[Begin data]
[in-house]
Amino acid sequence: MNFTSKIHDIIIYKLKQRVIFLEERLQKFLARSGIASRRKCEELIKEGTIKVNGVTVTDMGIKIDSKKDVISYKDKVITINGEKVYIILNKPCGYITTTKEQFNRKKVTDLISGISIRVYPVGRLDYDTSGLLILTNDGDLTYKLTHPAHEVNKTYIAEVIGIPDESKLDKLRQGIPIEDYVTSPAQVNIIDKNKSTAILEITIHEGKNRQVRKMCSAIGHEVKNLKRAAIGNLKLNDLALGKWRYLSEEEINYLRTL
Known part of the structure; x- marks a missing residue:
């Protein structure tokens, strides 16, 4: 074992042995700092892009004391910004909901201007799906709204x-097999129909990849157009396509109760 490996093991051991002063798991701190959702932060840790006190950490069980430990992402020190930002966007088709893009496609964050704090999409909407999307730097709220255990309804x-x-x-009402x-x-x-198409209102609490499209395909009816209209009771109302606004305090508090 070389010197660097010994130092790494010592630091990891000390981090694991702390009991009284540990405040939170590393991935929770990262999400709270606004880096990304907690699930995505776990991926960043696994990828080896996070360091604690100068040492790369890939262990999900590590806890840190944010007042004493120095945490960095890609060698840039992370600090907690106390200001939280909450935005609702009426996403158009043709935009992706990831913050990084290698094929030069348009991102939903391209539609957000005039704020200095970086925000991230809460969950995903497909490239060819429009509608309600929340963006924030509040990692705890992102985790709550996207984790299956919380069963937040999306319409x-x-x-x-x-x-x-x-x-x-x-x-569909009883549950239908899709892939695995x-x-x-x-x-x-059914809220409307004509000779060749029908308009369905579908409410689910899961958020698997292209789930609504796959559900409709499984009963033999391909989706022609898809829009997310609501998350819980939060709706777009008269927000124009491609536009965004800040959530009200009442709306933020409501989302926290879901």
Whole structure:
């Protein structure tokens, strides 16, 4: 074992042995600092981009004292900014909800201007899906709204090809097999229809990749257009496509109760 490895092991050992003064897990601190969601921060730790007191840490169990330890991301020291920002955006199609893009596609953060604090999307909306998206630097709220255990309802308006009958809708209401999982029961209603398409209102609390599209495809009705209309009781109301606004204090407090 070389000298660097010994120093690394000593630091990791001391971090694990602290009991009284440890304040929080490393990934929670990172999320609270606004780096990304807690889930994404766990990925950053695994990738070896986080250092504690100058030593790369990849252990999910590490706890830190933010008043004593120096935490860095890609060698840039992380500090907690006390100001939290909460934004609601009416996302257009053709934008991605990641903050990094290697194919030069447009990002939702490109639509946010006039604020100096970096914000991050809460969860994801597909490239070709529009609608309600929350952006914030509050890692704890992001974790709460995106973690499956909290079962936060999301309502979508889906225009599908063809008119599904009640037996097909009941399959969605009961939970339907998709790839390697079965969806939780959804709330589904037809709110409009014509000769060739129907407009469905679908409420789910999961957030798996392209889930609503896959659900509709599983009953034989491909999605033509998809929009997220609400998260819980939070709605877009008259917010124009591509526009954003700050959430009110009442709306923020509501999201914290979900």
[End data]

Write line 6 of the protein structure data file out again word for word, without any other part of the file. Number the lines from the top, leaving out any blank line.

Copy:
């Protein structure tokens, strides 16, 4: 074992042995600092981009004292900014909800201007899906709204090809097999229809990749257009496509109760 490895092991050992003064897990601190969601921060730790007191840490169990330890991301020291920002955006199609893009596609953060604090999307909306998206630097709220255990309802308006009958809708209401999982029961209603398409209102609390599209495809009705209309009781109301606004204090407090 070389000298660097010994120093690394000593630091990791001391971090694990602290009991009284440890304040929080490393990934929670990172999320609270606004780096990304807690889930994404766990990925950053695994990738070896986080250092504690100058030593790369990849252990999910590490706890830190933010008043004593120096935490860095890609060698840039992380500090907690006390100001939290909460934004609601009416996302257009053709934008991605990641903050990094290697194919030069447009990002939702490109639509946010006039604020100096970096914000991050809460969860994801597909490239070709529009609608309600929350952006914030509050890692704890992001974790709460995106973690499956909290079962936060999301309502979508889906225009599908063809008119599904009640037996097909009941399959969605009961939970339907998709790839390697079965969806939780959804709330589904037809709110409009014509000769060739129907407009469905679908409420789910999961957030798996392209889930609503896959659900509709599983009953034989491909999605033509998809929009997220609400998260819980939070709605877009008259917010124009591509526009954003700050959430009110009442709306923020509501999201914290979900």